2

After using php artisan make:auth, Laravel's "remember me" will remember the user indefinitely.

How to change that time? Like make it expire in 7 days?

4

Use @Hexor has a problem, when user first login, you can't use Cookie::get($rememberTokenName); it's empty!

You should get cookie queue value first, then reset cookie expire time.

$rememberTokenExpireMinutes = 20;

// 首先获取 记住我 这个 Cookie 的名字, 这个名字一般是随机生成的,
// First, get remember me cookie name. This is randomly generated.
$rememberTokenName = \Auth::getRecallerName();

$cookieJar = $this->guard()->getCookieJar();

$cookieValue = $cookieJar->queued($rememberTokenName)->getValue();

$cookieJar->queue($rememberTokenName, $cookieValue, $rememberTokenExpireMinutes);

$jumpUrl = '/user/xxxx';

return $this->authenticated($request, $this->guard()->user())
    ?: redirect()->intended($jumpUrl);
1
  • This should be the right answer. The select answer doesn't work when you delete the main session cookie, it doesn't utilize the remember me cookie for some reason. However, this one does it correctly. My guess is the way it get's cookie value is the key.
    – zen
    Dec 10 '19 at 17:05
1

Step 1

In LoginController, you'll see use AuthenticatesUsers.

Let's copy protected function sendLoginResponse(Request $request) from AuthenticatesUsers to LoginController.

Step 2

We can change the cookie's expire time before server response to the browser. Let's add some code into sendLoginResponse() in LoginController. Like this

class LoginController extends Controller
{
    ...

    protected function sendLoginResponse(Request $request)
    {
        // set remember me expire time
        $rememberTokenExpireMinutes = 60;

        // first we need to get the "remember me" cookie's key, this key is generate by laravel randomly
        // it looks like: remember_web_59ba36addc2b2f9401580f014c7f58ea4e30989d
        $rememberTokenName = Auth::getRecallerName();

        // reset that cookie's expire time
        Cookie::queue($rememberTokenName, Cookie::get($rememberTokenName), $rememberTokenExpireMinutes);


        // the code below is just copy from AuthenticatesUsers
        $request->session()->regenerate();

        $this->clearLoginAttempts($request);

        return $this->authenticated($request, $this->guard()->user())
            ?: redirect()->intended($this->redirectPath());
    }
}
2
  • You can avoid having to paste code from AuthenticatesUsers, by specifying an alias for use AuthenticatesUsers, and then calling that implementation. E.g. use AuthenticatesUsers { sendLoginResponse as baseSendLoginResponse; }, and then in your implementation of sendLoginResponse you can finish it off with return baseSendLoginResponse($request);
    – Daryn
    Apr 7 '19 at 13:15
  • When I use this code, it creates the cookie with correct expiration time, but if I delete the main laravel session cookie, then the remember cookie doesn't keep user logged in. It forces user to re-login for some reason.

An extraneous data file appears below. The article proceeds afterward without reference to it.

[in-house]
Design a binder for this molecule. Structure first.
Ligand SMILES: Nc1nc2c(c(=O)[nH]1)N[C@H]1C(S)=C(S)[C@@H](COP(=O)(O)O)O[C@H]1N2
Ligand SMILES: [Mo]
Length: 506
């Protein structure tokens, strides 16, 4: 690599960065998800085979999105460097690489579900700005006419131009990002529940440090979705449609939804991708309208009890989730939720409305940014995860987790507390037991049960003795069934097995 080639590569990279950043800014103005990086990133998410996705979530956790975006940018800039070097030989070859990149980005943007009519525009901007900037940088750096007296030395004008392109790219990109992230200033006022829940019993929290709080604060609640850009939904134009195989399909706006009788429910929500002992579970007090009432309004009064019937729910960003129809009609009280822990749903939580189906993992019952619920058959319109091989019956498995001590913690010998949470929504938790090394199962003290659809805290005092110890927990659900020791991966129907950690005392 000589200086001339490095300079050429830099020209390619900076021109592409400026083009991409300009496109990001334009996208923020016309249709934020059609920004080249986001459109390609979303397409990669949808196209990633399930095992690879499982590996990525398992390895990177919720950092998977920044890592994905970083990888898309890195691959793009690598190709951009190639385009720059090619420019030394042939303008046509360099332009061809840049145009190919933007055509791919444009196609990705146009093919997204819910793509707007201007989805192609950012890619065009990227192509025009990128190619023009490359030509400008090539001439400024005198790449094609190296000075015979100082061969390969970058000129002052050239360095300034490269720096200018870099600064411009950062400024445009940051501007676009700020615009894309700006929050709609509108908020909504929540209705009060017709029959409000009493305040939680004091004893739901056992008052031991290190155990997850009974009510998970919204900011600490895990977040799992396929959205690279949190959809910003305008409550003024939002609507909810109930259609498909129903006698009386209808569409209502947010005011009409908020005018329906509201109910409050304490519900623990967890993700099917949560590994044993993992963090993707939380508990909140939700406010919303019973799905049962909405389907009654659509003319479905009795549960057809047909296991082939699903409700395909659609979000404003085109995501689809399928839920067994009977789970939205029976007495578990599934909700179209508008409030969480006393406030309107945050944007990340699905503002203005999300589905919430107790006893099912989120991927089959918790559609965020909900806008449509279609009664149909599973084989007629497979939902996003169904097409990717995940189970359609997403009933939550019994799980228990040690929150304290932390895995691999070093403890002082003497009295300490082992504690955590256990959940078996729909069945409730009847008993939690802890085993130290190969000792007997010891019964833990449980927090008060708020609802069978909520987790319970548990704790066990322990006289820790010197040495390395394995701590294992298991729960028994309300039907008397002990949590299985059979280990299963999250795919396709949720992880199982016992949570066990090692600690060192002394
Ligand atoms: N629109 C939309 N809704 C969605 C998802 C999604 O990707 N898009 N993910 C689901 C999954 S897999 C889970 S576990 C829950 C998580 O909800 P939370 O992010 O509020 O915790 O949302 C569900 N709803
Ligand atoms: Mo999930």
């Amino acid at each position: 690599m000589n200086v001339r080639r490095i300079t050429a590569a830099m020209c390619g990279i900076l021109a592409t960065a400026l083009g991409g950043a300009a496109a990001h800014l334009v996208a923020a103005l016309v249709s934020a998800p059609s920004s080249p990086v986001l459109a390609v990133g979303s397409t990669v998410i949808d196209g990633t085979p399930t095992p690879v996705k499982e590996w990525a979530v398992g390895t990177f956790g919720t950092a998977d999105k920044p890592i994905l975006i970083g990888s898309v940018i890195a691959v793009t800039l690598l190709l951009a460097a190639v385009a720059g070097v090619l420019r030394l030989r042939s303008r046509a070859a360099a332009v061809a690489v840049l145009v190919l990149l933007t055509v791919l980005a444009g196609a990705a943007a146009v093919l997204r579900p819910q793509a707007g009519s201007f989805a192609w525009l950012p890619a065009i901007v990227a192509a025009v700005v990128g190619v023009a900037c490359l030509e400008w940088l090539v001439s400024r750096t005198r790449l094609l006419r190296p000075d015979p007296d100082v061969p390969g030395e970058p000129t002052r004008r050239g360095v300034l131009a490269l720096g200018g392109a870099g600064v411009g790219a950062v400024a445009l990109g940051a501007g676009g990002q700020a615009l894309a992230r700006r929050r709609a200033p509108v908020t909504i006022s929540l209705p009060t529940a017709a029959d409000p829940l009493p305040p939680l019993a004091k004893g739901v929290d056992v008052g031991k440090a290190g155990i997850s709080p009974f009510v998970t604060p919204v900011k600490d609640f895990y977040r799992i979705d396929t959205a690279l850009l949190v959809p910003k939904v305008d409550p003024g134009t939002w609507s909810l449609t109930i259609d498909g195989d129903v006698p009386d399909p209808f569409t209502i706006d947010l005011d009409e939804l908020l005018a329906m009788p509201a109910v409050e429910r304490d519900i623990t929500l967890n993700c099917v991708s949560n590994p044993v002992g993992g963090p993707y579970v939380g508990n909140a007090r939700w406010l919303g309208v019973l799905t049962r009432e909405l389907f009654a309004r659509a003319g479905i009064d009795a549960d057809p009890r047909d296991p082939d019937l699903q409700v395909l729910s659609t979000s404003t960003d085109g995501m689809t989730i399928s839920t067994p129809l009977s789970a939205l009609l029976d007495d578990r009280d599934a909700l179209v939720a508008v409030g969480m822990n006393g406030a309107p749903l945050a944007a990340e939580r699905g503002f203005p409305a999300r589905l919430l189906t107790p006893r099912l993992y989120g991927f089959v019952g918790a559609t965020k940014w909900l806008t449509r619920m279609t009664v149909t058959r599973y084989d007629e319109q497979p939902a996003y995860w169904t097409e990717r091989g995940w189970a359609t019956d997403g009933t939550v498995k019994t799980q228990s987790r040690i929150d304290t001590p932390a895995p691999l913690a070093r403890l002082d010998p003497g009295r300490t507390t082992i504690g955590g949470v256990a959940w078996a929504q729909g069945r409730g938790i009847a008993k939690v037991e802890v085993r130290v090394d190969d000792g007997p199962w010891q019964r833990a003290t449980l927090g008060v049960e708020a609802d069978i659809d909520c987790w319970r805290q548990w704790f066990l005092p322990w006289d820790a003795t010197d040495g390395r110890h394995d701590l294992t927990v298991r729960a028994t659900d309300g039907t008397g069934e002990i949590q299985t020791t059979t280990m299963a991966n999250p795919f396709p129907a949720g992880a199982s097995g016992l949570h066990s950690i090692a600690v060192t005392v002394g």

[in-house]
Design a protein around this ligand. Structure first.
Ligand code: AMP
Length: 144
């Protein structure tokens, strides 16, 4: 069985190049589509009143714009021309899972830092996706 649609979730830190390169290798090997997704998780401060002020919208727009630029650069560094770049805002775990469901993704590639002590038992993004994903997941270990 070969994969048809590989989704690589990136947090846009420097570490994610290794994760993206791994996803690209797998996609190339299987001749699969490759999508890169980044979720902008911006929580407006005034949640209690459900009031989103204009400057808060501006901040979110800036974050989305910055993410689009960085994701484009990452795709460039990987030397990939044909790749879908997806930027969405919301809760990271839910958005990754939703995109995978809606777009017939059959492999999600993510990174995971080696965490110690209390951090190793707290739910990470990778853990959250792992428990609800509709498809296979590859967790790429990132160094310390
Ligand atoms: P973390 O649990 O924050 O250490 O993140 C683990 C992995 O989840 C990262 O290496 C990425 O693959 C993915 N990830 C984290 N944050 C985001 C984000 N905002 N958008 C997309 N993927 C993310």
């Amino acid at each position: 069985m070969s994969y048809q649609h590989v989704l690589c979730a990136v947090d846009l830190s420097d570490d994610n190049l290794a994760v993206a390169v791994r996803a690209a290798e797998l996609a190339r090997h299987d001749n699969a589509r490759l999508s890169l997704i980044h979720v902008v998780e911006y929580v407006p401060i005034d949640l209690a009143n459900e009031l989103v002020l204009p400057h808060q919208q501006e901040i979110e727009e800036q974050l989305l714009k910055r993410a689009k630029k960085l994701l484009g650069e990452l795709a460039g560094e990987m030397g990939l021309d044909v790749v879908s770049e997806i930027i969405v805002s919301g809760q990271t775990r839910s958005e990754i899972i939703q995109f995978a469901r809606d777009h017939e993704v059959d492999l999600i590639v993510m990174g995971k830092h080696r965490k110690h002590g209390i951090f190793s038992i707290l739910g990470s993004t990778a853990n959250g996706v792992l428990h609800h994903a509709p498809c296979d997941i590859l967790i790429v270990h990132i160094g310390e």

– zen
    Dec 10 '19 at 17:05
0

I know the question is old but I had a hard time getting a solution for Laravel 7.3, so I thought I should add what worked for me here.

In your App\Http\Controllers\Auth\LoginController.php file, make the following changes

//Add this after namespace declaration
use Illuminate\Http\Request;

//Add this function to the class
protected function sendLoginResponse(Request $request)
    {
        $rememberTokenExpiresAt = 60*24*30; //expires in 30 days
        $rememberTokenCookieKey = $this->guard()->getRecallerName();
        $cookieJar = $this->guard()->getCookieJar();

  /* check if remember me token exists and then override it using the same name and value but different expiration time.
 
If you don't add the if condition, it will throw an error when user doesn't check the remember me box*/
        if ($cookieJar->queued($rememberTokenCookieKey)) {
            $cookieValue = $cookieJar->queued($rememberTokenCookieKey)->getValue();
            $cookieJar->queue($rememberTokenCookieKey, $cookieValue, $rememberTokenExpiresAt);
        }

        $request->session()->regenerate();

        $this->clearLoginAttempts($request);

        if ($response = $this->authenticated($request, $this->guard()->user())) {
            return $response;
        }

        return $request->wantsJson()
                    ? new JsonResponse([], 204)
                    : redirect()->intended($this->redirectPath());
    }
-2

in laravel 5.8

class CookiesJar.php

function forever($name, $value, $path = null, $domain = null, $secure = null, $httpOnly = true, $raw = false, $sameSite = null)

return $this->make($name, $value, 2628000, $path, $domain, $secure, $httpOnly, $raw, $sameSite);

change it into ,this

return $this->make($name, $value, 1440, $path, $domain, $secure, $httpOnly, $raw, $sameSite);
2
  • 3
    Downvoted because it is a really bad idea to edit vendor files. Imagine that you push your code to a remote repository, your vendor directory will normally be ignored and your team or colleagues will never get your edits. Or imagine you update a package, the files will be rewritten and your changes will be lost. Seriously don't do this. Aug 7 '19 at 9:27
  • @louisfischer it's not a problem so long as you automate the patching. We've had vendor patches in a laravel project for several years and it works just fine. You need to add that to your composer "post-update-cmd" and "post-install-cmd", of course.
    – MightyPork
    Aug 8 '19 at 14:10

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